Fixing the problem of outcome-switching in clinical trials
It is established best-practice that all clinical trial outcomes should be pre-specified in a trial protocol and on a clinical trial registry and then reported once the trial is complete. To prevent ‘data-dredging’ and the delivery of misleading results, differences between reported outcomes and those pre-specified should be declared along with an explanation of the timing and reason for the change.
Despite the majority of major medical journals endorsing trial reporting guidelines such as CONSORT, the problem of outcome-switching is prevailing. Ben Goldacre and his group at the Centre for Evidence-Based Medicine (CEBM) at the University of Oxford are determined to fix this. The COMPare (CEBM Outcome Monitoring Project) team are monitoring every trial published in the top five medical journals, comparing the outcomes reported with the outcomes pre-specified in protocols or trial registries. They have found that most have discrepancies (on average, each trial reported 62.0% of its specified outcomes and silently added 5.3 new ones). They have submitted correction letters to the publishing journal for every misreported trial. While some journals, such as the BMJ, have demonstrated best practice by quickly responding with a published correction on the trial in question, others have not.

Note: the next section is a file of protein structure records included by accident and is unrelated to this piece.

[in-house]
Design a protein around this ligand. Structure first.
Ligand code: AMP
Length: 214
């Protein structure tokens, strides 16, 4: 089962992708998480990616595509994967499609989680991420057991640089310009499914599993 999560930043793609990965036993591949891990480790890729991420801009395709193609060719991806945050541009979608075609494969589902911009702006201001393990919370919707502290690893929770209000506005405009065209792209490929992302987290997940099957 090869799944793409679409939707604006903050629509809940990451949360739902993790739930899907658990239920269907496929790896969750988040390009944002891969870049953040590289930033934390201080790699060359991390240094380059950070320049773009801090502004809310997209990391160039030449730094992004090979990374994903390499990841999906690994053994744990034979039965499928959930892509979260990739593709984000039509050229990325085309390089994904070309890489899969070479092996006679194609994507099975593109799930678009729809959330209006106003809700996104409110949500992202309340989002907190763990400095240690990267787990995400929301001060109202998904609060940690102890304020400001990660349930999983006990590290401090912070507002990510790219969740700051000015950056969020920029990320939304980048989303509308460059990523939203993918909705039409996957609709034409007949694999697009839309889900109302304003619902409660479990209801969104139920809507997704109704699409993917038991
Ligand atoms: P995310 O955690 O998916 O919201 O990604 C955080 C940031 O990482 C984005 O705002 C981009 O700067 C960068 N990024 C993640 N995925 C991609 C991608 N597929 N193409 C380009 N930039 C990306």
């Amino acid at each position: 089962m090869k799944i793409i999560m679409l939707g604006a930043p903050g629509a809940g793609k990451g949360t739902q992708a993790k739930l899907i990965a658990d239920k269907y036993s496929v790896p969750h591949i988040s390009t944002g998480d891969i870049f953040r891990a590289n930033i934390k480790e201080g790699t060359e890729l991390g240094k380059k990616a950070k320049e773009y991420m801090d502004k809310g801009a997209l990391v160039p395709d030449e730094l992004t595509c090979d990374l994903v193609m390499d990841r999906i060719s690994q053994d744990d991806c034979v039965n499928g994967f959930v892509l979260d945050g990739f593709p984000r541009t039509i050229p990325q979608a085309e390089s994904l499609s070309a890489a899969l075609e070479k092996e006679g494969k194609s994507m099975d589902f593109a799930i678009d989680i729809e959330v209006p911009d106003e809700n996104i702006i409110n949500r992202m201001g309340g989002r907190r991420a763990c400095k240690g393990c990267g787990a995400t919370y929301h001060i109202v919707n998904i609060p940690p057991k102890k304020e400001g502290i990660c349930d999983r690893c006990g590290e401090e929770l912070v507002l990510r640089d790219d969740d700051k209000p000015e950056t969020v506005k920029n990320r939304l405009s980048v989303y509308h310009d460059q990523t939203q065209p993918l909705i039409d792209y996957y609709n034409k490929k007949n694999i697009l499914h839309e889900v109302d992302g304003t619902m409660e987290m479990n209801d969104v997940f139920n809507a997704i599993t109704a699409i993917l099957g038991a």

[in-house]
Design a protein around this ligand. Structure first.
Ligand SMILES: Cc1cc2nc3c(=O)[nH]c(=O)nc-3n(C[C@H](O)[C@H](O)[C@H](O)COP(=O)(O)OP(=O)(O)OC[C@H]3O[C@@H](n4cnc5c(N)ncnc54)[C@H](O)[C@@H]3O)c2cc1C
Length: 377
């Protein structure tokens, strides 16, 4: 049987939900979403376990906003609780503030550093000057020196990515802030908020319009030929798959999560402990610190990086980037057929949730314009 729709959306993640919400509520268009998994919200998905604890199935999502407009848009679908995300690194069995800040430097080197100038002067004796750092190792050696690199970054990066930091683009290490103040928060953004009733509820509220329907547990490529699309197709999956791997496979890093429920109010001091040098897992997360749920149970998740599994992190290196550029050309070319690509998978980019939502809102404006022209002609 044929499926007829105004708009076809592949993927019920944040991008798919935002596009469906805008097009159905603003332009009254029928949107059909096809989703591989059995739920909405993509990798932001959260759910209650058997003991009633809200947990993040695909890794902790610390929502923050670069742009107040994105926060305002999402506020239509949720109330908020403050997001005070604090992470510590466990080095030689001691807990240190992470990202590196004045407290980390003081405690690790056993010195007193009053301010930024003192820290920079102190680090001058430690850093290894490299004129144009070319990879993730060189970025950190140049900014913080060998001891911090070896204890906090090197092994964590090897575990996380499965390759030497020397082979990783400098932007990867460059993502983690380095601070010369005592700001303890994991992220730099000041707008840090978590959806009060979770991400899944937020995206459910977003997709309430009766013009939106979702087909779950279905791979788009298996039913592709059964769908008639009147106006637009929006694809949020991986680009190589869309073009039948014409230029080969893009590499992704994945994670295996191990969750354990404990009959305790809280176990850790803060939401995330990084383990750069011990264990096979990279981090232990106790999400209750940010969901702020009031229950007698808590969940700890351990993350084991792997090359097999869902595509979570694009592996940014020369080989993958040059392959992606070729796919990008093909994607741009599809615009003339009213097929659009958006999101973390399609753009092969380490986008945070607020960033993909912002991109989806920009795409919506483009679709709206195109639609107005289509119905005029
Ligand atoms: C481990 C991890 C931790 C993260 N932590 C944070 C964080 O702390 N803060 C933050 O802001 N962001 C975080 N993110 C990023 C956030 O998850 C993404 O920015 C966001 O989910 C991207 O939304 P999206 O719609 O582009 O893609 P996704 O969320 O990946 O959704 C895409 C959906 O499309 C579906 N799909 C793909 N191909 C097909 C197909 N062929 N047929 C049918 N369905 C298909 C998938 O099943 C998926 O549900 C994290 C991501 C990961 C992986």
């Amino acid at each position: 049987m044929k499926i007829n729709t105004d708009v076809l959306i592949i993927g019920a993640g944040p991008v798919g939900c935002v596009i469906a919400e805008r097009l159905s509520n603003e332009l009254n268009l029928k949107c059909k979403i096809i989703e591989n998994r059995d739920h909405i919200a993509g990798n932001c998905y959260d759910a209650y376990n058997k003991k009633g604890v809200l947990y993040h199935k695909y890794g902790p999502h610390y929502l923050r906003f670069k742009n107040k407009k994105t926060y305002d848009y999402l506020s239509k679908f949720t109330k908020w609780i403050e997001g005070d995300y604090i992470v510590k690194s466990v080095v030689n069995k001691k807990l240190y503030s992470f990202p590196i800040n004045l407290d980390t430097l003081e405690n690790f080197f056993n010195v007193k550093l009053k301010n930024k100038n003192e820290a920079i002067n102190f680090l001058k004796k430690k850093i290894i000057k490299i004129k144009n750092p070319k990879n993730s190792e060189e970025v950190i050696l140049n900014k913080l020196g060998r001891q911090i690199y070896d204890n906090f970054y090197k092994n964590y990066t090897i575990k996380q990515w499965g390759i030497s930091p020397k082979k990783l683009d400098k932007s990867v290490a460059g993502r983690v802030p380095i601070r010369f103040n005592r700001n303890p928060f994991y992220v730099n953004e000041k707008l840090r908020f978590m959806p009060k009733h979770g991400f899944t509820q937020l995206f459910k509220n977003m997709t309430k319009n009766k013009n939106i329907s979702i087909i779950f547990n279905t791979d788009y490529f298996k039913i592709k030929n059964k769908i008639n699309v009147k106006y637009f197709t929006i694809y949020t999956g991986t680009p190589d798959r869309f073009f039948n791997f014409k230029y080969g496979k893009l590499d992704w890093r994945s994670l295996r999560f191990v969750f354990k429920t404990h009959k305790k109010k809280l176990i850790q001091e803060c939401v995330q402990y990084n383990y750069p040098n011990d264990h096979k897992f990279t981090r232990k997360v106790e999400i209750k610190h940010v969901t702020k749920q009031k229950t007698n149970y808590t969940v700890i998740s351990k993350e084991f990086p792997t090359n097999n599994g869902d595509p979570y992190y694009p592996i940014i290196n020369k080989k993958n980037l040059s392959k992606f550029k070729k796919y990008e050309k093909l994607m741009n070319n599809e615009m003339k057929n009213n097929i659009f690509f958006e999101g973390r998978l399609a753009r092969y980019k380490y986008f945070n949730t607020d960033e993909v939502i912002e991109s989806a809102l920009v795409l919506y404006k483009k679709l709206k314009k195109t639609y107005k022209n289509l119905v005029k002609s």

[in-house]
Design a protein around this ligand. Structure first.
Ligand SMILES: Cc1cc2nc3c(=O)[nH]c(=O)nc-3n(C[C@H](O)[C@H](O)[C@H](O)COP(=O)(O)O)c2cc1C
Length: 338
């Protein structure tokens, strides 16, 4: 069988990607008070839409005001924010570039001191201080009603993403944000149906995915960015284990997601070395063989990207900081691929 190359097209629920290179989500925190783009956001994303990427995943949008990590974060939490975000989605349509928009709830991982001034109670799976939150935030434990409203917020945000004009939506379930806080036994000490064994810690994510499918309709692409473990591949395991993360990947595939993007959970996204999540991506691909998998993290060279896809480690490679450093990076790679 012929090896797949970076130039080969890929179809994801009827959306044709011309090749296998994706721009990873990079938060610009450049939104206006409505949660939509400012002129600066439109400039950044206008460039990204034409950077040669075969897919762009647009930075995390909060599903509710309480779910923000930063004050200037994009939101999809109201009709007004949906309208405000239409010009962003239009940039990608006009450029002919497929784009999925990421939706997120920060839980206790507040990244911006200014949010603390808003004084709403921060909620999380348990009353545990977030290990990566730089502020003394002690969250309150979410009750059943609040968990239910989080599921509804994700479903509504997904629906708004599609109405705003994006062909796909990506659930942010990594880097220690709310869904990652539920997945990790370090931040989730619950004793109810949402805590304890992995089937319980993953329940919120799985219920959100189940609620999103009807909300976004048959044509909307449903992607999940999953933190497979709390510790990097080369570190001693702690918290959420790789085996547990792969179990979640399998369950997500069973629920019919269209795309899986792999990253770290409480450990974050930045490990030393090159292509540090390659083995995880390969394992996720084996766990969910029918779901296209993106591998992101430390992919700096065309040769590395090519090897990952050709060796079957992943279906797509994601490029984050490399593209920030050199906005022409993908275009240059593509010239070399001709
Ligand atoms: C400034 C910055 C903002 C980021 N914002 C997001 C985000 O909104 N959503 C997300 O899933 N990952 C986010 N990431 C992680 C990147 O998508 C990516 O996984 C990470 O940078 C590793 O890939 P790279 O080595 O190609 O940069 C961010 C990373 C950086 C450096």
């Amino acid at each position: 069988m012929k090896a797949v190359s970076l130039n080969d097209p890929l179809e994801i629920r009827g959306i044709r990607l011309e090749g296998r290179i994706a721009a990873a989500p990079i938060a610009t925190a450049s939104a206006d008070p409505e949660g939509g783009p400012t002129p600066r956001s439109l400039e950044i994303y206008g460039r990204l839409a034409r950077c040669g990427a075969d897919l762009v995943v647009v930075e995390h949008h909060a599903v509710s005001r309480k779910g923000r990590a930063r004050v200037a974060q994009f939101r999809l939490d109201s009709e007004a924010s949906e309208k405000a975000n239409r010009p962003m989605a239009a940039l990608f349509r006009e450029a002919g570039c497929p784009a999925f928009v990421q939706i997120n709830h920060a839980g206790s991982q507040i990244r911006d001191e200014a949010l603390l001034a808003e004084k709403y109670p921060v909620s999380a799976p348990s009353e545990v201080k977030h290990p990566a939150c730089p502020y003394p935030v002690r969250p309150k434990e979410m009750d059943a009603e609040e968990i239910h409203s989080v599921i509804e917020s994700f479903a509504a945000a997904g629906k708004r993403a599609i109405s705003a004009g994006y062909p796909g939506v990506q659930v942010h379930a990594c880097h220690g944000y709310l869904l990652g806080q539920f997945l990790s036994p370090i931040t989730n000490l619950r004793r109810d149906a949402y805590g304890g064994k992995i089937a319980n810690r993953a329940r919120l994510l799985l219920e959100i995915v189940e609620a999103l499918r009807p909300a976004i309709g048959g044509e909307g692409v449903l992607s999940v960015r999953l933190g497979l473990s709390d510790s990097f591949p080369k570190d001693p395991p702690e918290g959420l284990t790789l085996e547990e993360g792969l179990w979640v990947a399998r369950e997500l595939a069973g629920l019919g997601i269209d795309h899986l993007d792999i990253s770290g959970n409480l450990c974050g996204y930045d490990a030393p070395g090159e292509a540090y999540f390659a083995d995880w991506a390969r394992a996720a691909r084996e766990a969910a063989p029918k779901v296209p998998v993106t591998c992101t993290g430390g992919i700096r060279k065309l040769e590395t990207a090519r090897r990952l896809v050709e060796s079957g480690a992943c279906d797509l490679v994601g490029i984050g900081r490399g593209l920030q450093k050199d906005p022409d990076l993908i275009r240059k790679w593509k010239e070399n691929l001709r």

In his recent column published in Nature, Ben Goldacre concludes that “journal editors now need to engage in a serious public discussion on why this [outcome-switching] is still happening”. He proposes that audit and accountability are the key to best-practice in medical research.
You should be aware that Goldacre et al are ignoring protocol amendments, and comparing the reported outcomes only to protocols dated prior to the trial start date. The only time amended protocols are considered is when the authors have remembered to describe the protocol amendment in the paper (CONSORT item 6b).